The real-life war that the movie 'Star Wars' almost caused

The real-life war that the movie 'Star Wars' almost caused

The first Star Wars movies were filmed in a number of exotic locations: The lush and dense California Redwoods served as the forest moon of Endor, Hoth scenes were filmed on the frozen tundra of Norway's Hardangerjokulen Glacier, and the set of the Lars Homestead was famously built in Tunisia, North Africa surrounded by sands and sun. This is where the war in the stars almost came too close to home, thanks to a border dispute, a crazed dictator, and a group of junk-trading Jawas. While a miniature was used for full shots of the Jawa's mobile droid and salvage shop making its way through the desert, for scenes that required actor participation a large background prop of the lower tread and ramps of the sandcrawler was built. This tank-like treaded structure immediately drew the ire of Libyan dictator Moammar Gaddafi, who demanded that Tunisia cease it's military buildup near the Libyan border. Lucas immediately complied with the demands and moved the filming to a more discreet location.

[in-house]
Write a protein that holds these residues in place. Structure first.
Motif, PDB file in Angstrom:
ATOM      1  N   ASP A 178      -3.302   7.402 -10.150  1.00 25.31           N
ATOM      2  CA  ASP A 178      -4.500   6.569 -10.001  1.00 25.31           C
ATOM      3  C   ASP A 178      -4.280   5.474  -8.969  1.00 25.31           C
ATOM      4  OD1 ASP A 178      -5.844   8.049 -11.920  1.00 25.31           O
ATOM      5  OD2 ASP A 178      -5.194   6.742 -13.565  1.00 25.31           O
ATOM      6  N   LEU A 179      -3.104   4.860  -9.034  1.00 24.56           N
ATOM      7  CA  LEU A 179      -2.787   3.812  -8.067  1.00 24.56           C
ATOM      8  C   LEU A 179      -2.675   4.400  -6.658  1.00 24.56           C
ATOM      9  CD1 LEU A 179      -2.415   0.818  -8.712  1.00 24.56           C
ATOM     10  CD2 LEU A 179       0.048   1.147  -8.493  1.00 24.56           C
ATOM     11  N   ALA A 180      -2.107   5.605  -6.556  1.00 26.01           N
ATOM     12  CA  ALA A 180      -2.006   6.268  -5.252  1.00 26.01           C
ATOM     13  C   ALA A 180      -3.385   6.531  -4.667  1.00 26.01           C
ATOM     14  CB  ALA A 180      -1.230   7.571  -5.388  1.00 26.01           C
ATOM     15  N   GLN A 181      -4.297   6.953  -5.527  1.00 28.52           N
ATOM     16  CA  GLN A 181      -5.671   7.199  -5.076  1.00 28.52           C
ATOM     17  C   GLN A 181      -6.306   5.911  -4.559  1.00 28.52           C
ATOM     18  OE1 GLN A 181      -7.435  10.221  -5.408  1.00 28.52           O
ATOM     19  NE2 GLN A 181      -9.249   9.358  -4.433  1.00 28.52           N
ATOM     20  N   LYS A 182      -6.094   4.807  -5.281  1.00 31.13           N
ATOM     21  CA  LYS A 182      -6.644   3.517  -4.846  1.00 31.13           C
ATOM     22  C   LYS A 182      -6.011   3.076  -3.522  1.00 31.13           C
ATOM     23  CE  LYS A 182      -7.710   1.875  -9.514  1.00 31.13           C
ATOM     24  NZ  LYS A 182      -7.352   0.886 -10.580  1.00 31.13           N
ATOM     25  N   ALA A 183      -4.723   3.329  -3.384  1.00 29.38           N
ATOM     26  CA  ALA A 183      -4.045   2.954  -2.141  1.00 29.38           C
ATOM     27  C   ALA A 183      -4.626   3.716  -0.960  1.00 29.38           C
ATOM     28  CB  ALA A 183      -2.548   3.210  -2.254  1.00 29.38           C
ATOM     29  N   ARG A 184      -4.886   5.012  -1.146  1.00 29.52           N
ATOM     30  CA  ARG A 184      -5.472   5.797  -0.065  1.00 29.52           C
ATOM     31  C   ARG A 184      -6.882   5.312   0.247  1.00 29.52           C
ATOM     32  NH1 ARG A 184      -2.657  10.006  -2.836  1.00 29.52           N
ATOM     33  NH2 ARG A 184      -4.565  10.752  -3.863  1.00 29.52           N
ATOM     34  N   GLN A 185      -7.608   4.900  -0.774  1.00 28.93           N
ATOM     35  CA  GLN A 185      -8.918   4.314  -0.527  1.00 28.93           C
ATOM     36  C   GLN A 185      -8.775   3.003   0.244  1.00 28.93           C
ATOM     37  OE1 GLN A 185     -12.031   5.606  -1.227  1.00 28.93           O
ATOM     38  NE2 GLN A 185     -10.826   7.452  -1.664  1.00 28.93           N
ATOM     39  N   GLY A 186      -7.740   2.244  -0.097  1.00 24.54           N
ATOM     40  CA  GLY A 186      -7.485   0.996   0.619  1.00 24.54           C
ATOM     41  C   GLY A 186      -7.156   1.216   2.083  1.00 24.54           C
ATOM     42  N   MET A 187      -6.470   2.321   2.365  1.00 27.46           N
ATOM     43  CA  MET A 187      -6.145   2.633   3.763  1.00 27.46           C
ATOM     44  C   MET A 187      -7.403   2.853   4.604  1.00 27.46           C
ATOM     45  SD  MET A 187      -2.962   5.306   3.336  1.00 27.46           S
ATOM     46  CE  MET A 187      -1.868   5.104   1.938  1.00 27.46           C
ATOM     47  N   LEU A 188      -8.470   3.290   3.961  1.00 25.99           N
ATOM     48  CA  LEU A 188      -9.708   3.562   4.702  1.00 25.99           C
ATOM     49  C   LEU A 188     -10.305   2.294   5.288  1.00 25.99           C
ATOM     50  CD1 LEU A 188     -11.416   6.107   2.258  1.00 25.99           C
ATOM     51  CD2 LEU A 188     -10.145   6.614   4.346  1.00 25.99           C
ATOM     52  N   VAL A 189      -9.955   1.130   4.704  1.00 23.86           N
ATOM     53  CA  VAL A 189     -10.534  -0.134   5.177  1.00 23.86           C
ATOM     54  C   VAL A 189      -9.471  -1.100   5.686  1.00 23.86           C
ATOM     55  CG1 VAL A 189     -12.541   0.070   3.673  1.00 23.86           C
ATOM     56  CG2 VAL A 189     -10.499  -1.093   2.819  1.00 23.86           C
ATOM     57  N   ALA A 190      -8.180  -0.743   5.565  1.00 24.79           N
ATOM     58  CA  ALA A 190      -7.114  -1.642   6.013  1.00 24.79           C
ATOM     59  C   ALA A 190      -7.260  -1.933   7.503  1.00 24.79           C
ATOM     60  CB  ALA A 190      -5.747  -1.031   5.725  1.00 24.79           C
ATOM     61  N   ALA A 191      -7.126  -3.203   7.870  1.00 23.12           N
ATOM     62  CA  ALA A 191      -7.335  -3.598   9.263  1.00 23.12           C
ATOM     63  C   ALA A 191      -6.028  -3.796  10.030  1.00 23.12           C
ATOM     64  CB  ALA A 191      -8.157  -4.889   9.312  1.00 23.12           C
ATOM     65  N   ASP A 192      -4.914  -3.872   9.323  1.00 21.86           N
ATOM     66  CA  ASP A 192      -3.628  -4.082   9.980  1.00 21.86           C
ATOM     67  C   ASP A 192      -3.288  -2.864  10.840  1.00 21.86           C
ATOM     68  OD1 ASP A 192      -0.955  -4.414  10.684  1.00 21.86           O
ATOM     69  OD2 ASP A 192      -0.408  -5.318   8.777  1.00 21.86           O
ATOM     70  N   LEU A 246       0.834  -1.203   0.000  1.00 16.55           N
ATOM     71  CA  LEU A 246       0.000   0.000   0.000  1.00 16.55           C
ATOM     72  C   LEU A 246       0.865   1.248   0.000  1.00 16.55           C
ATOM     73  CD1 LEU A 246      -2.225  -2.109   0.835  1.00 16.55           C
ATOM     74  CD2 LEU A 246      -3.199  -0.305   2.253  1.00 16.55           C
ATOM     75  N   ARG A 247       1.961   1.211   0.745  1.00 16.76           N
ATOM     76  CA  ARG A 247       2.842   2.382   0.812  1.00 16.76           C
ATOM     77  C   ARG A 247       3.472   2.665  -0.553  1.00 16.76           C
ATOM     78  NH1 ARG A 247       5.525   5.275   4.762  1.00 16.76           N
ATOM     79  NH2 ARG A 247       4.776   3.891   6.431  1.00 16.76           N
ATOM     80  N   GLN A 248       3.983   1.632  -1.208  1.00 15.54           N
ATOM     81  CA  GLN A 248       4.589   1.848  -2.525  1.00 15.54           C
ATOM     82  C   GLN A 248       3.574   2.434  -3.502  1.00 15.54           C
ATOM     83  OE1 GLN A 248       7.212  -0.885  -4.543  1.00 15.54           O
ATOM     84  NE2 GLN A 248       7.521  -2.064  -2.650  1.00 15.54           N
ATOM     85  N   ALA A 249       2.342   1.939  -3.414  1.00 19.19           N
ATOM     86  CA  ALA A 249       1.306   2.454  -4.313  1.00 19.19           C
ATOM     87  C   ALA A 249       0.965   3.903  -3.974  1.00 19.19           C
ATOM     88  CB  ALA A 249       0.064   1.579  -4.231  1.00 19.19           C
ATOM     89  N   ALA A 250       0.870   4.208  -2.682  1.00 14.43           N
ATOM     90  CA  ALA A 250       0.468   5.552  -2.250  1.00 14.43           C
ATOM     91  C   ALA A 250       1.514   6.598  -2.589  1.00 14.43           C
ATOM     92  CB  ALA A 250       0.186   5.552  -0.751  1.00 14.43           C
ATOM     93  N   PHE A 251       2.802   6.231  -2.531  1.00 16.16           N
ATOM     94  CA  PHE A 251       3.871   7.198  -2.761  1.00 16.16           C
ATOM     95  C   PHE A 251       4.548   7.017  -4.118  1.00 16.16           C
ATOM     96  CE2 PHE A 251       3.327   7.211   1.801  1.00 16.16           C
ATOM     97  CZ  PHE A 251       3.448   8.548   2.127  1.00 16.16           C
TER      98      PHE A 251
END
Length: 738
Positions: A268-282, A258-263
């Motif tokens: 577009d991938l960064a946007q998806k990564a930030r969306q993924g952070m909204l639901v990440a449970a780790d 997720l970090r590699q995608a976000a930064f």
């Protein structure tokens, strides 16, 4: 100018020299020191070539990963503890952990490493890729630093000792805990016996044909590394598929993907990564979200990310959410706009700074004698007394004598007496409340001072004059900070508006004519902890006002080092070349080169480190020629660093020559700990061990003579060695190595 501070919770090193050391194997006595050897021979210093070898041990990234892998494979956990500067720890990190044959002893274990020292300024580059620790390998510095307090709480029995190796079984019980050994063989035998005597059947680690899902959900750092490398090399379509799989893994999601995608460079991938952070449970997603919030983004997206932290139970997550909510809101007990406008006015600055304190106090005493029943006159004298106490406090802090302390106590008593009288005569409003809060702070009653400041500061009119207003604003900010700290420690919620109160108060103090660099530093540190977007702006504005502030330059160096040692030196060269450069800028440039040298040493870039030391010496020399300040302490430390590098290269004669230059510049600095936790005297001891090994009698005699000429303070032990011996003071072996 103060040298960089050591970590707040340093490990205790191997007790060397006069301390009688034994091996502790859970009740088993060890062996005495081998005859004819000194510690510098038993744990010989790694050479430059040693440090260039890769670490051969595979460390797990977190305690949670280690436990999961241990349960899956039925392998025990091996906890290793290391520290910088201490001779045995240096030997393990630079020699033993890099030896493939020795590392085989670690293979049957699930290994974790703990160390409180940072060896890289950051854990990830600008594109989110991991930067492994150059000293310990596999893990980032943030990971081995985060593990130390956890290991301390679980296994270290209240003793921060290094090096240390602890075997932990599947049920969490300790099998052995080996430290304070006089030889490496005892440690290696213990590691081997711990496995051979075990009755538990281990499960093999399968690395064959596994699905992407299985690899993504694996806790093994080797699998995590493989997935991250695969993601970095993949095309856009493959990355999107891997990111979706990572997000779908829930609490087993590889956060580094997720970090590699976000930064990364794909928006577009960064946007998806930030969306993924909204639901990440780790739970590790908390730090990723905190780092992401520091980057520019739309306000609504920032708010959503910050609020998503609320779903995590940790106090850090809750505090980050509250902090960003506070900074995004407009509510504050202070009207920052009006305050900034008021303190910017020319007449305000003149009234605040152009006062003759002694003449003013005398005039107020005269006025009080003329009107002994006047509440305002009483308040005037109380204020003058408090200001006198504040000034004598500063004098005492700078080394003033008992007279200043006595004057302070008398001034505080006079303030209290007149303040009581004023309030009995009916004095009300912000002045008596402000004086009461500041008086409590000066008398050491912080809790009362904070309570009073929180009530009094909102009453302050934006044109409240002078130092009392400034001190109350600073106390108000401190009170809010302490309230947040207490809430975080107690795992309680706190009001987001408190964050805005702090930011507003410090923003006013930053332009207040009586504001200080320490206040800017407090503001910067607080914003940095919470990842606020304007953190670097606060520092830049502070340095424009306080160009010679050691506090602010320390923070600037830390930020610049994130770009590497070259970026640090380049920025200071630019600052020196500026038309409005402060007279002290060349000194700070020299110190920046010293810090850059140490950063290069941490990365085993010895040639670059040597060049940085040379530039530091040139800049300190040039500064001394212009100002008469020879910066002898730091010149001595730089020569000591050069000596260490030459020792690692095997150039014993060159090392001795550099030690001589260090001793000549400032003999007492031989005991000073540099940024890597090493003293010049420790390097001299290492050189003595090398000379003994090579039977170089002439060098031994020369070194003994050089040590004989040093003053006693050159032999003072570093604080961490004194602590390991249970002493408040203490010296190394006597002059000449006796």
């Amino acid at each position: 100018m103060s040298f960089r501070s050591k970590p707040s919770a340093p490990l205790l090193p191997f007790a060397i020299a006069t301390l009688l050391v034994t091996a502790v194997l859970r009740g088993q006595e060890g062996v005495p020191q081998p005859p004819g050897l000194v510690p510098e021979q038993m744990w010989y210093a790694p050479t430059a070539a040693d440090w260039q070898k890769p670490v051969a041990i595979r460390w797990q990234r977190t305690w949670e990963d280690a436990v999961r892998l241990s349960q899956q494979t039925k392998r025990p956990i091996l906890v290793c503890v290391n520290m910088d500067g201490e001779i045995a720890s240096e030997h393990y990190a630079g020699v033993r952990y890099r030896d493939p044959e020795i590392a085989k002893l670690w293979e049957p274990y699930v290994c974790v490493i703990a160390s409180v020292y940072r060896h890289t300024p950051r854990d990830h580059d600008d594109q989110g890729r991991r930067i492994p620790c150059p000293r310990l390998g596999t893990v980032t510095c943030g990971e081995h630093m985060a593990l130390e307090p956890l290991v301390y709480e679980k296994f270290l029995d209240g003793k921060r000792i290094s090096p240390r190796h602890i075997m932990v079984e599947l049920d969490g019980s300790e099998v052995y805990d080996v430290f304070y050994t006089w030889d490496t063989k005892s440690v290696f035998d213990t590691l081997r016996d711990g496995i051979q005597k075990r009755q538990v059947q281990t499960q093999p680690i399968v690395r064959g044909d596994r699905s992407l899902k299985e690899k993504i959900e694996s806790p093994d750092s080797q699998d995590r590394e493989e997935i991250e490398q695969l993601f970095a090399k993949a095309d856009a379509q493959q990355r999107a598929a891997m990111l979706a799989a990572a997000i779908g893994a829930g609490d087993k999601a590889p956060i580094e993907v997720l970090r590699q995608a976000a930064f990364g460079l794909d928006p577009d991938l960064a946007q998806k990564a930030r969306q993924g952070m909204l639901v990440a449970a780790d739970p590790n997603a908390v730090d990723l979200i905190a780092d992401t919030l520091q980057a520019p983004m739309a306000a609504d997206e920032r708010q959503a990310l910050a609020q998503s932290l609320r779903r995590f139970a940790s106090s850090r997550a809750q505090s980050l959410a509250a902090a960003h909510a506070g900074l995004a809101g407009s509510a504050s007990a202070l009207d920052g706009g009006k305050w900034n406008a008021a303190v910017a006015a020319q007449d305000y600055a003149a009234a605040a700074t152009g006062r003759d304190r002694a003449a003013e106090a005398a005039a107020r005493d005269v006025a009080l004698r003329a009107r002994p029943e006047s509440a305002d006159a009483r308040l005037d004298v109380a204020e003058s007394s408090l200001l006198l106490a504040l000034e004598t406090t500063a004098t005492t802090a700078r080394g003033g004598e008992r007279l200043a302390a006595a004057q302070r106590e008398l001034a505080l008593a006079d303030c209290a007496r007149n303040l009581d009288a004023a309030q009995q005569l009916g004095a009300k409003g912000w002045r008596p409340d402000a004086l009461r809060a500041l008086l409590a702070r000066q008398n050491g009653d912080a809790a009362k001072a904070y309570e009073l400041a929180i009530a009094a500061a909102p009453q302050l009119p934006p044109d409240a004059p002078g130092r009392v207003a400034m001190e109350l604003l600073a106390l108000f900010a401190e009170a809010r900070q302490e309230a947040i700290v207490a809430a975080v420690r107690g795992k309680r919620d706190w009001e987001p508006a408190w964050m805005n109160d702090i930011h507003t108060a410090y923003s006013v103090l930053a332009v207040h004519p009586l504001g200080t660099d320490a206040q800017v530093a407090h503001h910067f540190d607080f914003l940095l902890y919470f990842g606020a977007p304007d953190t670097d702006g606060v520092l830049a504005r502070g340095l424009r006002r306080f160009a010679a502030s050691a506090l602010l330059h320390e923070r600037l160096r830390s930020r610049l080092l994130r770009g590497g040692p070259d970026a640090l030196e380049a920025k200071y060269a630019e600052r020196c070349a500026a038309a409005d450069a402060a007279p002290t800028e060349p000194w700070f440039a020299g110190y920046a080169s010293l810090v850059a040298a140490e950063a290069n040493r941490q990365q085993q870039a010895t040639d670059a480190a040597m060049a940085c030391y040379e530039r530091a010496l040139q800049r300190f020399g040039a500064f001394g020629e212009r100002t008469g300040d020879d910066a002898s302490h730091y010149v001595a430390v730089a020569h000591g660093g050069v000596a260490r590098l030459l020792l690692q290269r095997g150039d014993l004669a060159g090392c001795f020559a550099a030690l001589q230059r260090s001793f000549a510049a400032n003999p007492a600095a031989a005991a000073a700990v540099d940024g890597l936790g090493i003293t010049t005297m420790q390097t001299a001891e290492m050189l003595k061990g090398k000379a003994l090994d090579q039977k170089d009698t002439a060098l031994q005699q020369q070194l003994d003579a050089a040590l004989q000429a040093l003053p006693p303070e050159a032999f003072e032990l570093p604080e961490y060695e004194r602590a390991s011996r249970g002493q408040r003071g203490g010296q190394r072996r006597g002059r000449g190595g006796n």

AI described how to create 40,000 new chemical weapons in just six hours